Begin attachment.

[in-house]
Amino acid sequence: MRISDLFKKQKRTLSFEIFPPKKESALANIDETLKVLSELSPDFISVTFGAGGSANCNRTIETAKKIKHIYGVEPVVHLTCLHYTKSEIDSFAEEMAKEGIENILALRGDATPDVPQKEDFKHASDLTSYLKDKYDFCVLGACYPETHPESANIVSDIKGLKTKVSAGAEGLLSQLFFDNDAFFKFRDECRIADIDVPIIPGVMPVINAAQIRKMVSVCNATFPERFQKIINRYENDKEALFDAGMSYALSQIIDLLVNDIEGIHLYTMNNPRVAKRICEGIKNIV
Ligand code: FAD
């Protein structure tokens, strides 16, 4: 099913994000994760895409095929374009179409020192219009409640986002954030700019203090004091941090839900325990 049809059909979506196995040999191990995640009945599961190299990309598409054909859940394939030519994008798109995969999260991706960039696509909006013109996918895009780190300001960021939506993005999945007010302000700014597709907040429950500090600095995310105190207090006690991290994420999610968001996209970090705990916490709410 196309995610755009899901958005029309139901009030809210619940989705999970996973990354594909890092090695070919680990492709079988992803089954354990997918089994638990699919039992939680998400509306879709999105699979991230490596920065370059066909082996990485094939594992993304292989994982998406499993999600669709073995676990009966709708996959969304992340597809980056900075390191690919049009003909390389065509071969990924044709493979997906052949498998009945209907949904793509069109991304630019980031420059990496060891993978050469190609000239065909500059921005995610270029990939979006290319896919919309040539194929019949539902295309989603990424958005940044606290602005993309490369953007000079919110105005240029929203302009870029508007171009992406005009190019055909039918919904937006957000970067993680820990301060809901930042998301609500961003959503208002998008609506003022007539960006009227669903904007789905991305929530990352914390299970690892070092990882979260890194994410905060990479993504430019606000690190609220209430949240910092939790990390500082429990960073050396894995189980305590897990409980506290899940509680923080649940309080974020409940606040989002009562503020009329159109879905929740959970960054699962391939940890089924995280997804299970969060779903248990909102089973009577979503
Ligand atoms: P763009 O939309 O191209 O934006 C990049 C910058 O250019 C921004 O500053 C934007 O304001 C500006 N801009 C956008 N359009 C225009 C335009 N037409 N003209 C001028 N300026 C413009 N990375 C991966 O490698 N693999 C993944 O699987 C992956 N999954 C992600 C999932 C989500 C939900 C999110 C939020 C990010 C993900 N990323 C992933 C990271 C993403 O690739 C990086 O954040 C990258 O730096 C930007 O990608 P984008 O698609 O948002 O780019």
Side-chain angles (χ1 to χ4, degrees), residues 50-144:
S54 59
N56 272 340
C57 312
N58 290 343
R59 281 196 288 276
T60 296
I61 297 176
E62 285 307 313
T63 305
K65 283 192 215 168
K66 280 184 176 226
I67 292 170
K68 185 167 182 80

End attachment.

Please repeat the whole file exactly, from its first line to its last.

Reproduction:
[in-house]
Amino acid sequence: MRISDLFKKQKRTLSFEIFPPKKESALANIDETLKVLSELSPDFISVTFGAGGSANCNRTIETAKKIKHIYGVEPVVHLTCLHYTKSEIDSFAEEMAKEGIENILALRGDATPDVPQKEDFKHASDLTSYLKDKYDFCVLGACYPETHPESANIVSDIKGLKTKVSAGAEGLLSQLFFDNDAFFKFRDECRIADIDVPIIPGVMPVINAAQIRKMVSVCNATFPERFQKIINRYENDKEALFDAGMSYALSQIIDLLVNDIEGIHLYTMNNPRVAKRICEGIKNIV
Ligand code: FAD
């Protein structure tokens, strides 16, 4: 099913994000994760895409095929374009179409020192219009409640986002954030700019203090004091941090839900325990 049809059909979506196995040999191990995640009945599961190299990309598409054909859940394939030519994008798109995969999260991706960039696509909006013109996918895009780190300001960021939506993005999945007010302000700014597709907040429950500090600095995310105190207090006690991290994420999610968001996209970090705990916490709410 196309995610755009899901958005029309139901009030809210619940989705999970996973990354594909890092090695070919680990492709079988992803089954354990997918089994638990699919039992939680998400509306879709999105699979991230490596920065370059066909082996990485094939594992993304292989994982998406499993999600669709073995676990009966709708996959969304992340597809980056900075390191690919049009003909390389065509071969990924044709493979997906052949498998009945209907949904793509069109991304630019980031420059990496060891993978050469190609000239065909500059921005995610270029990939979006290319896919919309040539194929019949539902295309989603990424958005940044606290602005993309490369953007000079919110105005240029929203302009870029508007171009992406005009190019055909039918919904937006957000970067993680820990301060809901930042998301609500961003959503208002998008609506003022007539960006009227669903904007789905991305929530990352914390299970690892070092990882979260890194994410905060990479993504430019606000690190609220209430949240910092939790990390500082429990960073050396894995189980305590897990409980506290899940509680923080649940309080974020409940606040989002009562503020009329159109879905929740959970960054699962391939940890089924995280997804299970969060779903248990909102089973009577979503
Ligand atoms: P763009 O939309 O191209 O934006 C990049 C910058 O250019 C921004 O500053 C934007 O304001 C500006 N801009 C956008 N359009 C225009 C335009 N037409 N003209 C001028 N300026 C413009 N990375 C991966 O490698 N693999 C993944 O699987 C992956 N999954 C992600 C999932 C989500 C939900 C999110 C939020 C990010 C993900 N990323 C992933 C990271 C993403 O690739 C990086 O954040 C990258 O730096 C930007 O990608 P984008 O698609 O948002 O780019």
Side-chain angles (χ1 to χ4, degrees), residues 50-144:
S54 59
N56 272 340
C57 312
N58 290 343
R59 281 196 288 276
T60 296
I61 297 176
E62 285 307 313
T63 305
K65 283 192 215 168
K66 280 184 176 226
I67 292 170
K68 185 167 182 80